Under Article I, Section 3, of the U.S. Constitution, each state has two seats in the Senate. This equality of representation is shielded from being amended by Article V which specifies that no state, without its consent, shall be deprived of having the same number of seats as the others. (Neither the District of Columbia, nor the country's territories and possessions have representation in the Senate, as they are not states.)
Senators from each state were originally elected by that state's legislature, and influenced only indirectly by the voters, through their election of state legislators. The 17th Amendment, ratified in 1913, provided for direct election of U.S. Senators. It did not however, change the principle of equal representation of the states in the Senate, which, as James Madison noted in The Federalist No. 39 , ensures a polity of mixed sovereignty, one in which the states are an integral part of the federal government. This, of course, is precisely why those who think the Constitution not democratic enough would wish to remove that portion of the Constitution.  The 38 million people who live in the nation's 22 least populous states are represented by 44 senators, while the 38 million residents of California, the most populous state, are represented by two. 
The House of Representatives, by comparison, is required by Article I, Section 2, to be "apportioned among the several states... according to their respective numbers." The Constitution does not provide for either fractional votes or Congressional seats spanning states and guarantees every state at least one Representative. Thus, a resident of a state whose population just barely qualifies for two Representatives has almost twice the relative influence as a resident of a state that does not quite qualify for two.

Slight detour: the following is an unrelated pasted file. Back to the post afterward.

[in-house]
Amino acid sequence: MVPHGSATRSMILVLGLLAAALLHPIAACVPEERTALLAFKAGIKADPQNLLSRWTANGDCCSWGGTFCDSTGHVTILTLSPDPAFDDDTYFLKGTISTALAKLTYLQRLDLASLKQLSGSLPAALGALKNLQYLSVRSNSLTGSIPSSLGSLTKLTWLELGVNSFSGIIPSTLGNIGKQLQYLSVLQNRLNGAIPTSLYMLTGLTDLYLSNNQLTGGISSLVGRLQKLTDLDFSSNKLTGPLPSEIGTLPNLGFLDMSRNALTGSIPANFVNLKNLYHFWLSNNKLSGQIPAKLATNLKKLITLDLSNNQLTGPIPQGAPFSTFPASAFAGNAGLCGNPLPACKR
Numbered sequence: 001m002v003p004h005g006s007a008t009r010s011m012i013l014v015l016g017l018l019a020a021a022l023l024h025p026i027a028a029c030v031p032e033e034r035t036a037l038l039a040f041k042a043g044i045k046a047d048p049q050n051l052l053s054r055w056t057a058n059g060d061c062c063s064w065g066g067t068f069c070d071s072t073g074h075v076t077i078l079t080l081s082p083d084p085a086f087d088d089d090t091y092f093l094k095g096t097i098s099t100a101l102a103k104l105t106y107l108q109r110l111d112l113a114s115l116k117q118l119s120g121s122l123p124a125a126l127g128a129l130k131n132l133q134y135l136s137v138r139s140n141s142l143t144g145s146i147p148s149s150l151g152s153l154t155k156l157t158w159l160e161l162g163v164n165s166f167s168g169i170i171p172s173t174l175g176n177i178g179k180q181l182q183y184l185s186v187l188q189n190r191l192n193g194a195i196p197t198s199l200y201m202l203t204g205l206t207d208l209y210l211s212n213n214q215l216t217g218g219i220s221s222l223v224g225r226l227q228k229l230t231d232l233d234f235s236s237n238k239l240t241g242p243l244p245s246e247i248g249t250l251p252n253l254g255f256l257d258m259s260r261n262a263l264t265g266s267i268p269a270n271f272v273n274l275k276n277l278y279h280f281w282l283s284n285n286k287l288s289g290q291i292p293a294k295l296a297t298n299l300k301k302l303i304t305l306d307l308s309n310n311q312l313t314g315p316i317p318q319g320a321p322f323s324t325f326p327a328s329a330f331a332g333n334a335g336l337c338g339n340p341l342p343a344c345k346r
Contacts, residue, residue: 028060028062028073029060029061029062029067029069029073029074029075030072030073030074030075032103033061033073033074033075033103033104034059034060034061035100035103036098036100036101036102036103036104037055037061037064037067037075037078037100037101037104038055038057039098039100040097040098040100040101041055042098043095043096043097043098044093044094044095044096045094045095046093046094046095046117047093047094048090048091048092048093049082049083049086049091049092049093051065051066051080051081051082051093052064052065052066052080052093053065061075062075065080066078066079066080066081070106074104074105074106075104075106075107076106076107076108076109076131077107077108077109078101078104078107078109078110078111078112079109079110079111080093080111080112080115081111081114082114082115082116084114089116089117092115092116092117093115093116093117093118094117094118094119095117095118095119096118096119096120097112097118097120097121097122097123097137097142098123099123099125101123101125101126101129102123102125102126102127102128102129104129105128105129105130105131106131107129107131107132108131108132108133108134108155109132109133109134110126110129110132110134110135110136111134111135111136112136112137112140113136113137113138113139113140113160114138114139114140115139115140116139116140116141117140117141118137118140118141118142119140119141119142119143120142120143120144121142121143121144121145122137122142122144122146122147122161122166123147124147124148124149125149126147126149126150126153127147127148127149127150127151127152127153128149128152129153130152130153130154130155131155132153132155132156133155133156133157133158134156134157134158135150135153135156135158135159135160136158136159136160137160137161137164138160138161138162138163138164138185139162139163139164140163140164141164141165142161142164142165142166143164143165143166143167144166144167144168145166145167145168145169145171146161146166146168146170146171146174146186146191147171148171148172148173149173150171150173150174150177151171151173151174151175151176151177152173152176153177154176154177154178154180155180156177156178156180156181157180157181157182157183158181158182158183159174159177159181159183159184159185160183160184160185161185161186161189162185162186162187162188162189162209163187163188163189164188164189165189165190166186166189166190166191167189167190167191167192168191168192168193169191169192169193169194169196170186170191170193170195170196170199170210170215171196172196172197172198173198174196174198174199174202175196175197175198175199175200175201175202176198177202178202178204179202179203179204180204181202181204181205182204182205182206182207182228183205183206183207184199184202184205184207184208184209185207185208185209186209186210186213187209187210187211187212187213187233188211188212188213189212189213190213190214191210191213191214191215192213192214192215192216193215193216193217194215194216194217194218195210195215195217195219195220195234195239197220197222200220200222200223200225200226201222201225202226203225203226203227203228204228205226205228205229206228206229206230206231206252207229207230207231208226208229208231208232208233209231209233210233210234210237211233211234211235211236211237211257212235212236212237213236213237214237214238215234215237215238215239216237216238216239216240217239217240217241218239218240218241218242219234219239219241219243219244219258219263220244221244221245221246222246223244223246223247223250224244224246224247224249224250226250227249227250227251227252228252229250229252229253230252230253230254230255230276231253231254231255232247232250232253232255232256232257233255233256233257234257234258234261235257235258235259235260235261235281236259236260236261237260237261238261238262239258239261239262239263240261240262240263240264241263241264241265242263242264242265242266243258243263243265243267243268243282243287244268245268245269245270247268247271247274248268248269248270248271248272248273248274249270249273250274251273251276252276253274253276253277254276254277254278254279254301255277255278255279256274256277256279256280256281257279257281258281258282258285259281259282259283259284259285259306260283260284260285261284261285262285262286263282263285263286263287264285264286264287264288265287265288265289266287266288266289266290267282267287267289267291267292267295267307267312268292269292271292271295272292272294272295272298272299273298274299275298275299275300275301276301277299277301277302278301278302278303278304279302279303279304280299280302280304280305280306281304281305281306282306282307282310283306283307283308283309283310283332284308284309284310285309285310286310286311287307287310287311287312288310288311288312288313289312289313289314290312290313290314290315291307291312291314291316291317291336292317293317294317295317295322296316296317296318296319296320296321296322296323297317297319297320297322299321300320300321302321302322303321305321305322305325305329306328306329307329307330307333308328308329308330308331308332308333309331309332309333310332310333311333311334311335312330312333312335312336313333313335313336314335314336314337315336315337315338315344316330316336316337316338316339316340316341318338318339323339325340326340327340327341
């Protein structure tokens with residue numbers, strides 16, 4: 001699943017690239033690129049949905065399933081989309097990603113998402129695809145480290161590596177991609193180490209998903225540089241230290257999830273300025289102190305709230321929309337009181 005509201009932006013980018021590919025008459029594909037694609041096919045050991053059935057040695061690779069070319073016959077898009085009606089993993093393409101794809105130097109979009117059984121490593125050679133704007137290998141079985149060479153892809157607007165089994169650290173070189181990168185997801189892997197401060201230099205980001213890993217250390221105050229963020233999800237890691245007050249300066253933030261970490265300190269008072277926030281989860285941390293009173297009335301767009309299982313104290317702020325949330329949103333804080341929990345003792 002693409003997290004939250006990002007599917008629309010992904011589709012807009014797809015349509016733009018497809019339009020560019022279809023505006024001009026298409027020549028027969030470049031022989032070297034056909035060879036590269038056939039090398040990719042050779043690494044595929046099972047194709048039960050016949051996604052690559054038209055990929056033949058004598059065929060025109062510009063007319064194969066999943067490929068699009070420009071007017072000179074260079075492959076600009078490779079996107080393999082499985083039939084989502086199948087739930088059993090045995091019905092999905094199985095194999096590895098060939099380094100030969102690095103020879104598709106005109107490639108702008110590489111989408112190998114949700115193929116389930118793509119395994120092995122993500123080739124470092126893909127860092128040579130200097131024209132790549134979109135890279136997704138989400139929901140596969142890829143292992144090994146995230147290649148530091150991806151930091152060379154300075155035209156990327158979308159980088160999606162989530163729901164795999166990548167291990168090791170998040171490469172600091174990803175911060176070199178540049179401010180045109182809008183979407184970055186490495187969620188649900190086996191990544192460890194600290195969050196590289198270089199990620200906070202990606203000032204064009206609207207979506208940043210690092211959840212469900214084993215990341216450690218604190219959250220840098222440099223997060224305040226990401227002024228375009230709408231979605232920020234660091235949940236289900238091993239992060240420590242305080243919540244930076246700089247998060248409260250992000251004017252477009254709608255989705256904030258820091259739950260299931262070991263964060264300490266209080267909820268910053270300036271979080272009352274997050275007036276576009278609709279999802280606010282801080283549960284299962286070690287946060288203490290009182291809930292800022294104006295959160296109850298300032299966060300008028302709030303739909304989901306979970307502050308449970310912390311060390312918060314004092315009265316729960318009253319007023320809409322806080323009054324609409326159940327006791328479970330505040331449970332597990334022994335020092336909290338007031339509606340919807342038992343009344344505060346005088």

2 U.S.C. § 2a, based on the Reapportionment Act of 1929, reapportions the Representatives to the states following each decennial census. It left the states to decide how and whether to redistrict, except in the case that the census changes the state's number of Representatives, but federal court cases now require states to redistrict based on each census.
However, here too, other criteria take precedence over exact equality of representation. In 2012, the Supreme Court endorsed Tennant v. Jefferson County the use of other criteria, including the legislature's reluctance to move voters between districts, to put incumbent Congressmen in the same district, and to divide counties between districts, when the State of West Virginia redrew its three Congressional districts with a disparity of 0.79% between the most populous and least populous district.
Washington, D.C. and the five territories are instead represented by non-voting delegates. These delegates may vote on legislation in committee but not on floor votes for enactment.
The U.S. president is elected only indirectly by voters, through the Electoral College. Under Article II, Section 1, Clause 2, of the U.S. Constitution, the number of electors for every state is the sum of the number of that state's senators and representatives. This was also a result of the original Connecticut Compromise between large and small states. The effect is to give each state a two-elector bonus (for the state's two senators) regardless of population. A low-population state does not receive one elector in a body of 435, but three electors out of 535. The two-elector bonus is comparatively minor for a state with a high population.